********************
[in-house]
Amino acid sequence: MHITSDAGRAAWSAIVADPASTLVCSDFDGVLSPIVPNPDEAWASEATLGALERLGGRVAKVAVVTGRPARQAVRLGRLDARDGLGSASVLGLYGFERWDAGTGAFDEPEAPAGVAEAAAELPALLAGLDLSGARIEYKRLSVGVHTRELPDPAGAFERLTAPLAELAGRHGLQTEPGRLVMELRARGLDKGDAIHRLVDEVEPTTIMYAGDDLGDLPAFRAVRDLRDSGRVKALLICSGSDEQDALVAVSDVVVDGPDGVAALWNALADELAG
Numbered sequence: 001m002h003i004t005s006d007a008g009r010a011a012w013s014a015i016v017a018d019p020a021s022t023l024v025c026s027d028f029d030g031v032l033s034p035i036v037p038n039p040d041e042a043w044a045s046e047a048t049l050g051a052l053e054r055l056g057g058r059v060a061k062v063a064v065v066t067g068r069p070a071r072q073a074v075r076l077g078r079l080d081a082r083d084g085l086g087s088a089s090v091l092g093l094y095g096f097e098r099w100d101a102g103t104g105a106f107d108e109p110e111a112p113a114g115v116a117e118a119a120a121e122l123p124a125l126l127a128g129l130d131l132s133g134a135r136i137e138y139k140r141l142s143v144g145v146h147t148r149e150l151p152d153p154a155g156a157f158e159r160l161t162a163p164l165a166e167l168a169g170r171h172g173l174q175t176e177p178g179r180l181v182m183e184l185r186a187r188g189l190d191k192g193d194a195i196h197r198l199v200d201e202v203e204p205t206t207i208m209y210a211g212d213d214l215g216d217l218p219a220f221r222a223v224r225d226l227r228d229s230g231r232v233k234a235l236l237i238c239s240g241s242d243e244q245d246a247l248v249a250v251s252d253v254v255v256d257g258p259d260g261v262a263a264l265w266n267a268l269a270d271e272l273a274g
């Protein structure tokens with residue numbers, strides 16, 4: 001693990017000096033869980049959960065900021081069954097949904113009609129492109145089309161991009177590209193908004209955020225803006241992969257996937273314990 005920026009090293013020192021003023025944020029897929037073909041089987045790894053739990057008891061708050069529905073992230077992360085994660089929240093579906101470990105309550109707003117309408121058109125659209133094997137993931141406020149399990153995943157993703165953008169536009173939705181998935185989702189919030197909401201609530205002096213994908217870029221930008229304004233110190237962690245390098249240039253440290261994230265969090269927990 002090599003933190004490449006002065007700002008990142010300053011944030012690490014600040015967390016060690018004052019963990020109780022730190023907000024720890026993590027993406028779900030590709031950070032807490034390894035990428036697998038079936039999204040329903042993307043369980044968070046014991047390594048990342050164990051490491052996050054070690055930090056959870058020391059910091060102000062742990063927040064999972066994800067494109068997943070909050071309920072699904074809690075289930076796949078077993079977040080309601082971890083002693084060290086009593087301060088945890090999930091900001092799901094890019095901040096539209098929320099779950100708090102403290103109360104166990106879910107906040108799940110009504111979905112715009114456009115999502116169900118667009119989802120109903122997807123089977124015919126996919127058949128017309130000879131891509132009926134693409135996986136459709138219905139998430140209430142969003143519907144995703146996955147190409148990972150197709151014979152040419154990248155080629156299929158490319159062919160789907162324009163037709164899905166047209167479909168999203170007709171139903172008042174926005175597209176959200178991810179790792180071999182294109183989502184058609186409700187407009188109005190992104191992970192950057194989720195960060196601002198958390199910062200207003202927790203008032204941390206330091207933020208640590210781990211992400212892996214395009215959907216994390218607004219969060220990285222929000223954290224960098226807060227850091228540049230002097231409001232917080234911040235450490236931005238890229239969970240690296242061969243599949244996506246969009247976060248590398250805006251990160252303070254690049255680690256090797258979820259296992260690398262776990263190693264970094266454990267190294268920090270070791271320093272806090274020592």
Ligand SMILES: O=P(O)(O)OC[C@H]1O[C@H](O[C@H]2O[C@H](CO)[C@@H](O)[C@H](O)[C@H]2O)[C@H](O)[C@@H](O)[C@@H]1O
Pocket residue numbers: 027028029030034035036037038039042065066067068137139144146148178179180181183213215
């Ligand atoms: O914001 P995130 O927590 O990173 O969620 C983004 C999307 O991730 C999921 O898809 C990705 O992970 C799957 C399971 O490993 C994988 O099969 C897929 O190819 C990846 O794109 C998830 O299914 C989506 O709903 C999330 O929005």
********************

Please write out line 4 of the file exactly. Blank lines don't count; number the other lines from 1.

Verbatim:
């Protein structure tokens with residue numbers, strides 16, 4: 001693990017000096033869980049959960065900021081069954097949904113009609129492109145089309161991009177590209193908004209955020225803006241992969257996937273314990 005920026009090293013020192021003023025944020029897929037073909041089987045790894053739990057008891061708050069529905073992230077992360085994660089929240093579906101470990105309550109707003117309408121058109125659209133094997137993931141406020149399990153995943157993703165953008169536009173939705181998935185989702189919030197909401201609530205002096213994908217870029221930008229304004233110190237962690245390098249240039253440290261994230265969090269927990 002090599003933190004490449006002065007700002008990142010300053011944030012690490014600040015967390016060690018004052019963990020109780022730190023907000024720890026993590027993406028779900030590709031950070032807490034390894035990428036697998038079936039999204040329903042993307043369980044968070046014991047390594048990342050164990051490491052996050054070690055930090056959870058020391059910091060102000062742990063927040064999972066994800067494109068997943070909050071309920072699904074809690075289930076796949078077993079977040080309601082971890083002693084060290086009593087301060088945890090999930091900001092799901094890019095901040096539209098929320099779950100708090102403290103109360104166990106879910107906040108799940110009504111979905112715009114456009115999502116169900118667009119989802120109903122997807123089977124015919126996919127058949128017309130000879131891509132009926134693409135996986136459709138219905139998430140209430142969003143519907144995703146996955147190409148990972150197709151014979152040419154990248155080629156299929158490319159062919160789907162324009163037709164899905166047209167479909168999203170007709171139903172008042174926005175597209176959200178991810179790792180071999182294109183989502184058609186409700187407009188109005190992104191992970192950057194989720195960060196601002198958390199910062200207003202927790203008032204941390206330091207933020208640590210781990211992400212892996214395009215959907216994390218607004219969060220990285222929000223954290224960098226807060227850091228540049230002097231409001232917080234911040235450490236931005238890229239969970240690296242061969243599949244996506246969009247976060248590398250805006251990160252303070254690049255680690256090797258979820259296992260690398262776990263190693264970094266454990267190294268920090270070791271320093272806090274020592």